I am slowly absorbing small details with regard to aircraft Recognition. If you ever see any pictures of aircraft in the sky or on the ground do cut them out & let me have them. You have sent me no news of your negotiations with the gardener about the shelter. What is the exact state of affairs? Did you hear the story of the Commercial Traveller who when passing through a certain town, called at his customary hotel & asked for his usual room . The hotel was very full but as the proprietor knew the traveller well he said that if he (the traveller) liked he could share a room with his small son. The Traveller consented to this & was shown into the small boy's bedroom only to find the child kneeling at the side of his bed apparently praying. Not wishing to make the small boy shy in any way, the Traveller immediately fell on his knees at the other side of the bed. Whereupon the small boy said “You won't 'arf cop it from Pa in the morning. There isn't one that side.”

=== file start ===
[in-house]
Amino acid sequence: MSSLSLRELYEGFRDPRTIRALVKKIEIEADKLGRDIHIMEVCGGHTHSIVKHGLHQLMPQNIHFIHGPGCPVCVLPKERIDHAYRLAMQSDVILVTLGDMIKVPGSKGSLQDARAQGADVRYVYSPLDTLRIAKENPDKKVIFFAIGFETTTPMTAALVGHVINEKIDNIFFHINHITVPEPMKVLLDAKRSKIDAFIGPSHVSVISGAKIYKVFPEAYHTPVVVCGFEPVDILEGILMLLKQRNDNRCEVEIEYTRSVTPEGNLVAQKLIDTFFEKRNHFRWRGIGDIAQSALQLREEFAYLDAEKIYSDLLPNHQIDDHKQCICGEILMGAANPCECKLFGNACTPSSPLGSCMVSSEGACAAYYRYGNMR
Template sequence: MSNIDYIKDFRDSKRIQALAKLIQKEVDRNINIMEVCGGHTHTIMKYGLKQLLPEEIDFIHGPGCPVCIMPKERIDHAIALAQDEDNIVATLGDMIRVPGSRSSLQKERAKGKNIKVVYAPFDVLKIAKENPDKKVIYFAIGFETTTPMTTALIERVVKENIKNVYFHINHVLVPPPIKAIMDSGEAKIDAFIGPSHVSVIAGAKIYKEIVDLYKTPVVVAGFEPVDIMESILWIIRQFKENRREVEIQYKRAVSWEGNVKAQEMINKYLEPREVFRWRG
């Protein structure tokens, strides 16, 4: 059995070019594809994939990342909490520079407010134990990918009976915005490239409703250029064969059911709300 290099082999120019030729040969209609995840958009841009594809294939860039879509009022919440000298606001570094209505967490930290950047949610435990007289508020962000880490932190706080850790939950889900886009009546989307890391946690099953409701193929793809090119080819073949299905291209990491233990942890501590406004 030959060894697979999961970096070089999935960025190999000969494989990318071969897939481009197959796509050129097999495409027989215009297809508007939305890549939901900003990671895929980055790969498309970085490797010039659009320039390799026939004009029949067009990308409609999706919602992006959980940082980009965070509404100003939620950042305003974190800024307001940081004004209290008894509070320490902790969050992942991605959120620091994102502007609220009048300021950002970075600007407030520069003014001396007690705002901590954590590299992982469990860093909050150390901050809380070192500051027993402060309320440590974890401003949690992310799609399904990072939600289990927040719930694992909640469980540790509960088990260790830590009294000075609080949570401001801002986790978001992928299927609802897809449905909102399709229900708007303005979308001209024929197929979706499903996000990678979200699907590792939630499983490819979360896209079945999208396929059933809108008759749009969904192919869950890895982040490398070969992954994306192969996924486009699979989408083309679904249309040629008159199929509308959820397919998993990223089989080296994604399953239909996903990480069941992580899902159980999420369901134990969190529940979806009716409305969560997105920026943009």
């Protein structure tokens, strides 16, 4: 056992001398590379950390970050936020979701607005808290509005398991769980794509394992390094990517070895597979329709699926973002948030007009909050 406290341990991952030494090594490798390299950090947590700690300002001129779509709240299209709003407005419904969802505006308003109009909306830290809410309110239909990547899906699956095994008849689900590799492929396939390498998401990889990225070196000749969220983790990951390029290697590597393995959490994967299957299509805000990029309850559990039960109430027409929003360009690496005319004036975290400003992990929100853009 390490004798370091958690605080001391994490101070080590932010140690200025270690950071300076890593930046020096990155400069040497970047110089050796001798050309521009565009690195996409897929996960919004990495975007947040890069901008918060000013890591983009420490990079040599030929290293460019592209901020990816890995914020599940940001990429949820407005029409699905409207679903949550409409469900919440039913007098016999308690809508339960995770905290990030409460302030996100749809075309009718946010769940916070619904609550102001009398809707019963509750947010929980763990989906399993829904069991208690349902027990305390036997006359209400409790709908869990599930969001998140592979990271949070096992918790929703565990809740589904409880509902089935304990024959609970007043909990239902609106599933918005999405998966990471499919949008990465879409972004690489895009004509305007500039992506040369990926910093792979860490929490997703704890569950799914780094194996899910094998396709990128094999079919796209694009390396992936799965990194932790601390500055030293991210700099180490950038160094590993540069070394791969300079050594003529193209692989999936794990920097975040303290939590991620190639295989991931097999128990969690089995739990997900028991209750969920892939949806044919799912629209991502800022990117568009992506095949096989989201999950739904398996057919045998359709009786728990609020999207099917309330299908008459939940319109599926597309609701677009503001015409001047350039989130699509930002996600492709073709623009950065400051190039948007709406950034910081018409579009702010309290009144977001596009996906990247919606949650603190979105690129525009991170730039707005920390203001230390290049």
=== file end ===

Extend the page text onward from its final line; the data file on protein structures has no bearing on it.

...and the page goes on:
Our new programme comes into force on Monday. The prospect of Wakey Wakey at 6 am does not excite me. When we finish our course, we get issued with flying clothing here. Quite a number of fellows in the Queens have already got theirs & spend an hour or two each evening proudly prancing up & down the corridors looking like advertisements for Michelin tyres. They are handsome looking suits though. I have not written to your Mother about the socks yet. My letter to her had gone before you told me of the arrival of her parcel. Since we started work properly here I have written only to one person apart from you ie. My Father. All my spare moments have been devoted to swotting. I have been at it every evening not once have I flicked or drunk, so will you explain to her that I shall write probably fairly soon & that I am very grateful for the socks which as you know will be extremely useful.